Jensen and The Bell Curve are used to show that psychologists study race and class without the necessary philosophical sophistication. Aristotle, Huxley, and Skinner are cited as thinkers who tried to collapse moral philosophy into psychology. An over-riding theme is whether a combination of these two disciplines can provide a defence of humane ideals. This culminates in a critical analysis of Nietzsche's anti-humane ideals.
Students can substitute one POLS 200-level paper with HEAL203 (only one substitution on 200-level allowed) HEAL203 Health Policy and Politics (First semester) 18 points This paper is an introduction to the analysis of health policy making processes and issues. It looks at the factors driving health policy in developed world countries today, with emphasis on New Zealand, the United States, England and selected Asian and other countries. Key issues studied include health system organisation and governance, service quality and safety, health information technology, trends in international health, pharmaceutical policy, and the roles of government and the private sector.
At the beginning of the semester, you will be assigned to a tutorial group and lists will be posted on the notice boards (ground floor of the Arts Building and 4th floor outside the Politics Department). The tutorials usually begin during the second week of the semester and at this first meeting you will be given full details of future tutorial meetings and assessment requirements. Please ensure you attend this first meeting. The tutorial rooms will be listed on the notice board.
Tutorials are an essential part of your learning process. You should attend the tutorial classes offered in your papers and you should endeavour to participate. Those who learn to participate derive considerable and increasing benefit for themselves as their oral skills develop, and at the same time, they contribute significantly to the success of the small-group method. Most professional occupations require the kind of verbal communication required for tutorial participation.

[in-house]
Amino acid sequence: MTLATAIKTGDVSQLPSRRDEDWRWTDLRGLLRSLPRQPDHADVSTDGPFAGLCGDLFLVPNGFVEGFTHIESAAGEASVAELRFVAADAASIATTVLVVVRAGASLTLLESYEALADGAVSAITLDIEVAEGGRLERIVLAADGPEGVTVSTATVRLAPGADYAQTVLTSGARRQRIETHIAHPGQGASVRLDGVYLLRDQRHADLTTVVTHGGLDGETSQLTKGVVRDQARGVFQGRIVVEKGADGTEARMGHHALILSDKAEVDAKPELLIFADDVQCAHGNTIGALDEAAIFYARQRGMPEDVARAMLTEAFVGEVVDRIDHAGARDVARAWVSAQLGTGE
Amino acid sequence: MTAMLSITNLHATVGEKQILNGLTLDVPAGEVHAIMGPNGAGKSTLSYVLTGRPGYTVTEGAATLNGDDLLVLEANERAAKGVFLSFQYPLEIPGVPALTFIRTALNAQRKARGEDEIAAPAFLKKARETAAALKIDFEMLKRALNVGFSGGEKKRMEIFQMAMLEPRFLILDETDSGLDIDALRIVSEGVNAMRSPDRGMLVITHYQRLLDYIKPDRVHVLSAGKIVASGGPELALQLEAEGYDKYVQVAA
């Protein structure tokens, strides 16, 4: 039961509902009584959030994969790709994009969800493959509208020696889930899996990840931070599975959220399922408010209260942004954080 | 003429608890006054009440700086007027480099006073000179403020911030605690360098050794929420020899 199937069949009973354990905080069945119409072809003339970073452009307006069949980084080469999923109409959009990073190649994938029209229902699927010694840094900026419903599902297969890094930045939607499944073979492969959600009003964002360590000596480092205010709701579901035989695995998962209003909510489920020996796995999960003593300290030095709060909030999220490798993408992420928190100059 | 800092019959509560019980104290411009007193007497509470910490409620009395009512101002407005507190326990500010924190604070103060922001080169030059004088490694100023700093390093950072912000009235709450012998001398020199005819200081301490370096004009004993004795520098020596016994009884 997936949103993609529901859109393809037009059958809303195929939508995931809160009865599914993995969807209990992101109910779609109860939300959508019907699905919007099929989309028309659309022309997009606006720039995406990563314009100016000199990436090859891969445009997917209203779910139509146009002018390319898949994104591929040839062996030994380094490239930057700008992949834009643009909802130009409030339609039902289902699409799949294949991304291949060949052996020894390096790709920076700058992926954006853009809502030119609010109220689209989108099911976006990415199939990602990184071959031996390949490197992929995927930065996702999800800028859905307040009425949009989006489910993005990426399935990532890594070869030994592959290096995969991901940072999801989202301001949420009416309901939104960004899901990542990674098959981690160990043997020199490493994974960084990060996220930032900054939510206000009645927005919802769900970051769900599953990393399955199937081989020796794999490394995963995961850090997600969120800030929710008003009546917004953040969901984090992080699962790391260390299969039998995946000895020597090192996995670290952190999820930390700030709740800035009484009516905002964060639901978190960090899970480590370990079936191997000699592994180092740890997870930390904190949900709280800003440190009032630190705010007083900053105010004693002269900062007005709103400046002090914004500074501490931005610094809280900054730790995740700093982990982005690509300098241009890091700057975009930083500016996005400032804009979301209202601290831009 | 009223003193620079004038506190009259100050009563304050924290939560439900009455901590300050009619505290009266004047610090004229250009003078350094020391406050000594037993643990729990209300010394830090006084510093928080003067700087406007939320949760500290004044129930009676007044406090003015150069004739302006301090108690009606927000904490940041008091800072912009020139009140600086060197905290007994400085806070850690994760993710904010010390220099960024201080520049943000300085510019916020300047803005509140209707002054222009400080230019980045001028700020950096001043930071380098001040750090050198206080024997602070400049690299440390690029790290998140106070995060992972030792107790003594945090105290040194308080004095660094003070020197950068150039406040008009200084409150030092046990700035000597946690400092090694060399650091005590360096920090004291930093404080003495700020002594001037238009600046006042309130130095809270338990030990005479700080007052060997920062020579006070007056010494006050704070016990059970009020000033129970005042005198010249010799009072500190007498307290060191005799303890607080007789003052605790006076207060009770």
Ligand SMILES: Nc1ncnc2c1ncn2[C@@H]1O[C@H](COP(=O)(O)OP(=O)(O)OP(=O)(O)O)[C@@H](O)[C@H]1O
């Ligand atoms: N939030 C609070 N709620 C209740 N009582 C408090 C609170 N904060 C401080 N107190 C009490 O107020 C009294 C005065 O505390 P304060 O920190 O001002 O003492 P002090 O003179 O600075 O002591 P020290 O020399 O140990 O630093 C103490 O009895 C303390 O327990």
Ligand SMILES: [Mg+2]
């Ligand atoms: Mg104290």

Papers in Politics are assessed normally by a combination of internal assessment and examinations. Some papers have 100% internal assessment. Individual papers have different requirements. Internal assessment ranges from 20 to 100 percent. You should consult the course outline to confirm the internal assessment requirements for each paper.
If you fail to submit an essay or assignment, you will be given a mark of zero, but you may still sit the final exam. The lecturer may grant extensions for serious reasons, such as illness. In that case a medical certificate is required. In all cases you must complete an application form for an extension and this must be signed by the lecturer before the essay due date. These forms are available from the Departmental Office (4C12). No assignments will be marked if handed in after the last Friday of the semester.
Unless otherwise specified by lecturers, late assignments incur a penalty of 5 percent per day (10 percent for a weekend). Work that is more than one week late without an extension may be commented on by the lecturer but won’t be graded.
Essays must be handed in by 4:30pm on the due date unless otherwise advised. All essays go in the essay boxes (100, 200, 300 and 400-level) outside the corridor to the Politics Department (Arts Building, 4th floor, North end). LATE essays should be taken to the Administrative Office (4C12) of the Department to be dated.
Dishonest practice in relation to work submitted for assessment (including all course work, tests and examinations) is taken very seriously at the University of Otago.